Of necessity it happens, when a battle takes place,The particular reference is to the battle of Chaeronea, 338 B.C., where the Greeks were defeated by Philip of Macedon. that the one side is beaten and the other victorious; but I should not hesitate to assert that in my judgement the men who die at the post of duty on either side do not share the defeat but are both alike victors. For the mastery among the survivors is decided as the deity disposes, but that which each was in duty bound to contribute to this end, every man who has kept his post in battle has done. But if, as a mortal being, he meets his doom, what he has suffered is an incident caused by chance, but in spirit he remains unconquered by his opponents.Blass notes this sentiment in Dem. 18.208, and in Isoc. 4.92.
Diodorus Siculus, Library, Book XVI, Chapter 82 (search)
339/8 B.C.At the end of this year, Lysimachides became archon at Athens, and in Rome there were elected as consuls Quintus Servilius and Marcus Rutilius.Lysimachides was archon at Athens from July 339 to June 338 B.C. The consuls of 342 B.C. were Q. Servilius Ahala and C. Marcius Rutilus (Broughton, 1.133). In this year, Timoleon returned to Syracuse and promptly expelled from the city as traitors all the mercenaries who had abandoned him under the leadership of Thrasius. These crossed over into Italy, and coming upon a coastal town in Bruttium, sacked it. The Bruttians, incensed, immediately marched against them with a large army, stormed the place, and shot them all down with javelins.Plut. Timoleon 30.1-2. Another group of the impious mercenaries is mentioned also in 30.4. Those who had abandoned Timoleon were rewarded by such misfortune for their own wickedness. Timoleon himself seized and put to death Postumius the Etruscan,Th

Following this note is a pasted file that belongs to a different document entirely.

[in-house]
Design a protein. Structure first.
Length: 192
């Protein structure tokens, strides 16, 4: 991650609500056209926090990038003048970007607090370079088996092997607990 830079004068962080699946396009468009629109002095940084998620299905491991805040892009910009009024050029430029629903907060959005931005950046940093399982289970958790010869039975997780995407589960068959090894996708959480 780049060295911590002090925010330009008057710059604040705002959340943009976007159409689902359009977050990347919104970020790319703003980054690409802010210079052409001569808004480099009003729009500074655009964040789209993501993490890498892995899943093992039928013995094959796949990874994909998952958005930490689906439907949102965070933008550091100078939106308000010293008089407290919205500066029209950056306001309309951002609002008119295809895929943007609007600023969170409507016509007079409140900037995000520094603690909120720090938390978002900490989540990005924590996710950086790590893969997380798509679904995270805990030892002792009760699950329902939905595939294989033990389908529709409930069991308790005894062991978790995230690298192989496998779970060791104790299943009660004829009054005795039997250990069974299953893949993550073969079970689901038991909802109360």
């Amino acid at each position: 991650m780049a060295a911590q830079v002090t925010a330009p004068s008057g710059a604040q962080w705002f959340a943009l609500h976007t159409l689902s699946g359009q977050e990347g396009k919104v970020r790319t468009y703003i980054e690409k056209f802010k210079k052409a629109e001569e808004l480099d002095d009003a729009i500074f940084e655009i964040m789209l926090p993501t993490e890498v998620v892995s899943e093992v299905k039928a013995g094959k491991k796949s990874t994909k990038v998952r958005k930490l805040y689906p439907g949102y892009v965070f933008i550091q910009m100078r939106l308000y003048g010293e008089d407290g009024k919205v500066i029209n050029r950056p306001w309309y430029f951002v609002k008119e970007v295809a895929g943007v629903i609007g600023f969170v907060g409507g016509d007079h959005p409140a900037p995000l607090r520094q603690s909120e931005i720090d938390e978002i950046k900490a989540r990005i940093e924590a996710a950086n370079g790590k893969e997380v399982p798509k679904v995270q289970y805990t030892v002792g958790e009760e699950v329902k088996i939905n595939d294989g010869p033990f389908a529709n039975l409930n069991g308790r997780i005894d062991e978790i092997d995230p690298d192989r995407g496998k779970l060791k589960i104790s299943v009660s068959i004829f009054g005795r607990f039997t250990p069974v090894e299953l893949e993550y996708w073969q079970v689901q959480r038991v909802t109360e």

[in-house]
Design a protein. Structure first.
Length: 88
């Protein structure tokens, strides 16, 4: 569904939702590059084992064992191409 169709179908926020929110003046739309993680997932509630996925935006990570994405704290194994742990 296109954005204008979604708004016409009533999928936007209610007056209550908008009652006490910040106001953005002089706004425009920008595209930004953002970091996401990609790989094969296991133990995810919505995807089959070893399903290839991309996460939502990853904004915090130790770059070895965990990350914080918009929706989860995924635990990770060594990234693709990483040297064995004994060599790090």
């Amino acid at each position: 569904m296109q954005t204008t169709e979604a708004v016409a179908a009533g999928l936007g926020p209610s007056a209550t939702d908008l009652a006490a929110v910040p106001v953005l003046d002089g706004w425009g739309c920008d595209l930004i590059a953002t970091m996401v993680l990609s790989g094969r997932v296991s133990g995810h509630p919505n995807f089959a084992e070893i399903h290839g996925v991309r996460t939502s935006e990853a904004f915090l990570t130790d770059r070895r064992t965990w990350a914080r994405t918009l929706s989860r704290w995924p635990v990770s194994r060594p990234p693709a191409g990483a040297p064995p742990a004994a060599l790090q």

Diodorus Siculus, Library, Book XVII, Chapter 2 (search)
335/4 B.C.When Evaenetus was archon at Athens, the Romans elected as consuls Lucius Furius and Gaius Manius.Evaenetus was archon from July 335 to June 334 B.C. Broughton (1.138) gives the consuls of 338 B.C. as L. Furius Camillus and C. Maenius. In this year Alexander, succeeding to the throne, first inflicted due punishment on his father's murderers,Diodorus has not previously suggested that any others knew of the plans of Pausanias, who was killed immediately and so could not reveal any accomplices (Book 16.94.4). Alexander himself was the principal beneficiary of the murder, and he has been suspected of complicity, especially because, as only half of Macedonian blood, he was not universally popular. At all events, the known victims of this purge were Alexander's own rivals: his older cousin Amyntas, son of King Perdiccas III; the family of Alexander of Lyncestis, although he himself was spared; and Philip's wife Cleopa